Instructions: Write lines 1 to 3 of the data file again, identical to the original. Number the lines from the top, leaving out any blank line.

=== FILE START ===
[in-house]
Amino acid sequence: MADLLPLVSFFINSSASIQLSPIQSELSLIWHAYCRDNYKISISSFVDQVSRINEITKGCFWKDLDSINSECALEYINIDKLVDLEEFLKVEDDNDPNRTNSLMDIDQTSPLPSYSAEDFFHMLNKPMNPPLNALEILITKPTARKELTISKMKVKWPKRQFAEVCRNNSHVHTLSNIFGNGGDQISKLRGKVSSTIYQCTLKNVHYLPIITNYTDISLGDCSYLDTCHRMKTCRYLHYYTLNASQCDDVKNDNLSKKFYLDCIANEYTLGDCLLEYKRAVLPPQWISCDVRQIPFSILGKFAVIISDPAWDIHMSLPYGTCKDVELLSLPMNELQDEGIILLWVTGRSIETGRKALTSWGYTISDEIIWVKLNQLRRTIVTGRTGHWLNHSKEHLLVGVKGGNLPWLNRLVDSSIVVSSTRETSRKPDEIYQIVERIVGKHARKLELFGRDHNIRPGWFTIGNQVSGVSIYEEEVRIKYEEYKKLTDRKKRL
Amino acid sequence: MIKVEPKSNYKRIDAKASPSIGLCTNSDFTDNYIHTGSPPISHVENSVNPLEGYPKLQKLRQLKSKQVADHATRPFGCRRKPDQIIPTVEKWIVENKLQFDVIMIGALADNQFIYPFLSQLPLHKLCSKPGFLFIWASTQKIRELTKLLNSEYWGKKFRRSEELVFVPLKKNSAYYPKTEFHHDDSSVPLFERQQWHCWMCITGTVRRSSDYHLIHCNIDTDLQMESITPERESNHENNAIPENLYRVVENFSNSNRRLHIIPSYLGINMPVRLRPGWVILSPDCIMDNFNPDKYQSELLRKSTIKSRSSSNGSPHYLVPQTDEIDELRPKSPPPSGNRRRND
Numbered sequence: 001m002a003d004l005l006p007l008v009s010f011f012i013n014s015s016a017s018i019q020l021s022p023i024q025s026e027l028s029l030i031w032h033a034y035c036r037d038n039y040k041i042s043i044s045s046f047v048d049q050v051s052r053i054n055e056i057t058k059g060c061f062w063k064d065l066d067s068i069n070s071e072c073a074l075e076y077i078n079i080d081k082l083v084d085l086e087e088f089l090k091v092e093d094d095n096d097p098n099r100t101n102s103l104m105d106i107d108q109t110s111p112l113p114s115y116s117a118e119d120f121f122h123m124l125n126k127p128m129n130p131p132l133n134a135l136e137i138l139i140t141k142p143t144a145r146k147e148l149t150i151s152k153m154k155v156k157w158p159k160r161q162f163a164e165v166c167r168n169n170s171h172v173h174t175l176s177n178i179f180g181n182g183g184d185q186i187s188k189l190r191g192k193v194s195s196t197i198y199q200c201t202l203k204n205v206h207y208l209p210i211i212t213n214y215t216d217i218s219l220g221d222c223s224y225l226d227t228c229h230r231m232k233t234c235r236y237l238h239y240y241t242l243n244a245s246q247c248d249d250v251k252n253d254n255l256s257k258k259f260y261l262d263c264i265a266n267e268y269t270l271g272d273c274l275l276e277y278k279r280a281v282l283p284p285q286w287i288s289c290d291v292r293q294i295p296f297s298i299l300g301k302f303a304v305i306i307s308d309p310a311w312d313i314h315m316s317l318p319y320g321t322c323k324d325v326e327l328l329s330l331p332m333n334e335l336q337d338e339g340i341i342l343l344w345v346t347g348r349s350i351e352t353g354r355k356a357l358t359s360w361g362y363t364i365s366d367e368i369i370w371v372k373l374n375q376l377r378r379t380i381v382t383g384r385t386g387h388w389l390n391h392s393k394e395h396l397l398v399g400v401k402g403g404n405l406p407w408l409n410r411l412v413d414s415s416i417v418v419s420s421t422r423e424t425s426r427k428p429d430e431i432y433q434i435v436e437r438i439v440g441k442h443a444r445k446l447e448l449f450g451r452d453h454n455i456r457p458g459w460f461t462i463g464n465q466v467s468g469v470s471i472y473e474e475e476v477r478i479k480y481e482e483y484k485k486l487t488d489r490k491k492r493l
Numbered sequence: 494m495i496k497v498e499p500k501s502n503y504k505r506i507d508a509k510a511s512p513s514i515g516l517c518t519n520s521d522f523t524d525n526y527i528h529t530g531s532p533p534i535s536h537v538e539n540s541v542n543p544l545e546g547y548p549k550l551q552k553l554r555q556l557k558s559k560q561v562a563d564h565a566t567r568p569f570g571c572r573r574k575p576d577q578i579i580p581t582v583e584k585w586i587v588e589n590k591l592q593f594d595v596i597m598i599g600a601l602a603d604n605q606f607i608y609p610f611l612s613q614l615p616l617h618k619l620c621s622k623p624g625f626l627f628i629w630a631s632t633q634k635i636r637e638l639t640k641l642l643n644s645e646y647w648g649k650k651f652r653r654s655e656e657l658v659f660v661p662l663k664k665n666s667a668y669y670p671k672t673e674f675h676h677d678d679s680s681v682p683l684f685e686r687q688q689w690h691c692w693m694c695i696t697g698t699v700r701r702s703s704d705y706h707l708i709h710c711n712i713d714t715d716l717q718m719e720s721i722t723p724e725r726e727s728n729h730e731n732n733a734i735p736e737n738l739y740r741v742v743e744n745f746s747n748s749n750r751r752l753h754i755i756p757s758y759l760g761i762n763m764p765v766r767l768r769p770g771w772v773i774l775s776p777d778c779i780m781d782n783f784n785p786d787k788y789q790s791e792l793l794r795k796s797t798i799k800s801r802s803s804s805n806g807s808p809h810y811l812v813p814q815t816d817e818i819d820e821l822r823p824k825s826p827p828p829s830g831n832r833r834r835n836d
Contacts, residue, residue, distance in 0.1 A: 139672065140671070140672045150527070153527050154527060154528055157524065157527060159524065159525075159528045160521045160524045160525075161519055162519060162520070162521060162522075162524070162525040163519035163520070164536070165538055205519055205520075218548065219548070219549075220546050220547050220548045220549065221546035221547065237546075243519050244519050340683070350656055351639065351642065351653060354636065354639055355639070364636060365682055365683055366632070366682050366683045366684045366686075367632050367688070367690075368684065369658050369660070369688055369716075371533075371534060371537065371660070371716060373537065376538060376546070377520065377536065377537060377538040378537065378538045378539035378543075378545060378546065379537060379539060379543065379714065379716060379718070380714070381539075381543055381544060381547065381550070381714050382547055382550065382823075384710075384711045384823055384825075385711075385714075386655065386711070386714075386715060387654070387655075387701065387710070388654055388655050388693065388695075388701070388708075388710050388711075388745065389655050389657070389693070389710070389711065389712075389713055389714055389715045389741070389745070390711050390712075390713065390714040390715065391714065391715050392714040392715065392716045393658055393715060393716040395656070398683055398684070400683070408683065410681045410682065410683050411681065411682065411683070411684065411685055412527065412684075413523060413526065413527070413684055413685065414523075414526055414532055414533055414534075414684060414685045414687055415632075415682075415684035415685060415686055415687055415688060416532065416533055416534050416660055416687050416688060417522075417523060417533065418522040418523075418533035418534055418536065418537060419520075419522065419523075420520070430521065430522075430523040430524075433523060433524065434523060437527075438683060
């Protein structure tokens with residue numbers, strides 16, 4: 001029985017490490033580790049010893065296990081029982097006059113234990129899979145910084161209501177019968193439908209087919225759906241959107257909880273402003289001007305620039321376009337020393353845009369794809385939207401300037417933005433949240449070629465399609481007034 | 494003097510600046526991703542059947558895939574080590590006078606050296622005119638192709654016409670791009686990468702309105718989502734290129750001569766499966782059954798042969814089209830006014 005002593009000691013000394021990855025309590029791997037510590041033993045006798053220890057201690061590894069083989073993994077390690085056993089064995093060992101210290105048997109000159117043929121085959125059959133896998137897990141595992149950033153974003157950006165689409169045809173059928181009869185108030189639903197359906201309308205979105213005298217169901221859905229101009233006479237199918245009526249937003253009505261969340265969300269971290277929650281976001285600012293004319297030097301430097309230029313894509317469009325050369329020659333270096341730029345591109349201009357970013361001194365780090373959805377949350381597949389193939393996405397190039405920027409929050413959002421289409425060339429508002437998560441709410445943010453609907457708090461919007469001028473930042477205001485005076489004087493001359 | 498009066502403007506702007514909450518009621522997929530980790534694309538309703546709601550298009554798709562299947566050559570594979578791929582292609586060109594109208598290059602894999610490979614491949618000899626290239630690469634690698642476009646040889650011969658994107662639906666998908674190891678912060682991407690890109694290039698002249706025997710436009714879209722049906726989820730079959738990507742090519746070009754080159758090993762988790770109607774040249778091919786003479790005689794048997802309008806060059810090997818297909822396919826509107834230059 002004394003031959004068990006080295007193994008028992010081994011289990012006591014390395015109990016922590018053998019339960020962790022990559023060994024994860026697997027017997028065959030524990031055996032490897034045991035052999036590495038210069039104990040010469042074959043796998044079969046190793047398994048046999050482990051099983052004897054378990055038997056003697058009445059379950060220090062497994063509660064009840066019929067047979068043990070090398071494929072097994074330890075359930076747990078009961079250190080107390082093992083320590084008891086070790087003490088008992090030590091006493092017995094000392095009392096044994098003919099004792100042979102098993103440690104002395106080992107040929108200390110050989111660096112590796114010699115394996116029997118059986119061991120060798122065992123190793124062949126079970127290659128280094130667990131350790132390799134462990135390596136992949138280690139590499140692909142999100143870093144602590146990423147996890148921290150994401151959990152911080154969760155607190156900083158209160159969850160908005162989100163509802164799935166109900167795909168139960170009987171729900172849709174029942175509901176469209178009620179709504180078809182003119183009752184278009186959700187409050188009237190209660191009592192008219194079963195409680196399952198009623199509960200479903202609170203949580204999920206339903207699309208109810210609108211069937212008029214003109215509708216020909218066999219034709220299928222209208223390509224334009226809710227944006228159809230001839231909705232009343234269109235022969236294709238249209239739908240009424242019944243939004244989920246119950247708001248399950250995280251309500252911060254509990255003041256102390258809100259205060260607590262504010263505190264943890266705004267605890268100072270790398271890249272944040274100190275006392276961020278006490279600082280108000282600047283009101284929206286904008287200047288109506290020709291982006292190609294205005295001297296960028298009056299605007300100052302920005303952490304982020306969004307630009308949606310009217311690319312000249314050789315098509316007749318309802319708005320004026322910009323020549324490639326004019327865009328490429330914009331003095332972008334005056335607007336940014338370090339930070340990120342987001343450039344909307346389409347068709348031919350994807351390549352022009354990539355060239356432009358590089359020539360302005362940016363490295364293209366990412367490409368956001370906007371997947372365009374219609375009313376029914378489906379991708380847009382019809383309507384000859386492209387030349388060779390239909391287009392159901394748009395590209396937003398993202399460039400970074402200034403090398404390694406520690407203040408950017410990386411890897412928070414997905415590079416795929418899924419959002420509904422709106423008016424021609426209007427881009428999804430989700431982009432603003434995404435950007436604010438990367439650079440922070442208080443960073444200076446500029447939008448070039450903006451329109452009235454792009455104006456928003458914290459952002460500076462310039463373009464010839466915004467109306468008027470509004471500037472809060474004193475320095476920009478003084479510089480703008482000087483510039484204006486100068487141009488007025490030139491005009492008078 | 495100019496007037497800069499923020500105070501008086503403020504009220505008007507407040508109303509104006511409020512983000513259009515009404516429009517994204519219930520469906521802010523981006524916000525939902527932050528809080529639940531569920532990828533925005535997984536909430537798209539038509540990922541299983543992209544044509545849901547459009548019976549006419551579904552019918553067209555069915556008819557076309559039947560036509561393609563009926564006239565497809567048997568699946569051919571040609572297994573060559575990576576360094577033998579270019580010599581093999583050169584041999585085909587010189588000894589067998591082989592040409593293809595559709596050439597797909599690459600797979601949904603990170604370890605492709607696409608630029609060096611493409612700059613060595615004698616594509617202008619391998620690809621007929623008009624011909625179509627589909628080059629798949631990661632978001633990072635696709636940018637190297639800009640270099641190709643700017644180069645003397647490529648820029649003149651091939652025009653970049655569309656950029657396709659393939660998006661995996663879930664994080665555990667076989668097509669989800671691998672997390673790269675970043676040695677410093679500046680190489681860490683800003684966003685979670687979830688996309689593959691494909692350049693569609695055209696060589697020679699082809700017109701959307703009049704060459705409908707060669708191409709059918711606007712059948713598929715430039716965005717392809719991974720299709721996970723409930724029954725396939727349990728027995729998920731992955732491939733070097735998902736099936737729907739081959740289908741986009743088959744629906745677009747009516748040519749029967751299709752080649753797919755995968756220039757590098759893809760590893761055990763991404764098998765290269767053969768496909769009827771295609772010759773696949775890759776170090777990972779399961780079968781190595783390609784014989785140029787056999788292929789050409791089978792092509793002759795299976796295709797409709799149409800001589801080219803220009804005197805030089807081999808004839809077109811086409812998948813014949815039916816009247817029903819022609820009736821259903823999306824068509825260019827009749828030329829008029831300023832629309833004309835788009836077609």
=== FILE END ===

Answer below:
[in-house]
Amino acid sequence: MADLLPLVSFFINSSASIQLSPIQSELSLIWHAYCRDNYKISISSFVDQVSRINEITKGCFWKDLDSINSECALEYINIDKLVDLEEFLKVEDDNDPNRTNSLMDIDQTSPLPSYSAEDFFHMLNKPMNPPLNALEILITKPTARKELTISKMKVKWPKRQFAEVCRNNSHVHTLSNIFGNGGDQISKLRGKVSSTIYQCTLKNVHYLPIITNYTDISLGDCSYLDTCHRMKTCRYLHYYTLNASQCDDVKNDNLSKKFYLDCIANEYTLGDCLLEYKRAVLPPQWISCDVRQIPFSILGKFAVIISDPAWDIHMSLPYGTCKDVELLSLPMNELQDEGIILLWVTGRSIETGRKALTSWGYTISDEIIWVKLNQLRRTIVTGRTGHWLNHSKEHLLVGVKGGNLPWLNRLVDSSIVVSSTRETSRKPDEIYQIVERIVGKHARKLELFGRDHNIRPGWFTIGNQVSGVSIYEEEVRIKYEEYKKLTDRKKRL
Amino acid sequence: MIKVEPKSNYKRIDAKASPSIGLCTNSDFTDNYIHTGSPPISHVENSVNPLEGYPKLQKLRQLKSKQVADHATRPFGCRRKPDQIIPTVEKWIVENKLQFDVIMIGALADNQFIYPFLSQLPLHKLCSKPGFLFIWASTQKIRELTKLLNSEYWGKKFRRSEELVFVPLKKNSAYYPKTEFHHDDSSVPLFERQQWHCWMCITGTVRRSSDYHLIHCNIDTDLQMESITPERESNHENNAIPENLYRVVENFSNSNRRLHIIPSYLGINMPVRLRPGWVILSPDCIMDNFNPDKYQSELLRKSTIKSRSSSNGSPHYLVPQTDEIDELRPKSPPPSGNRRRND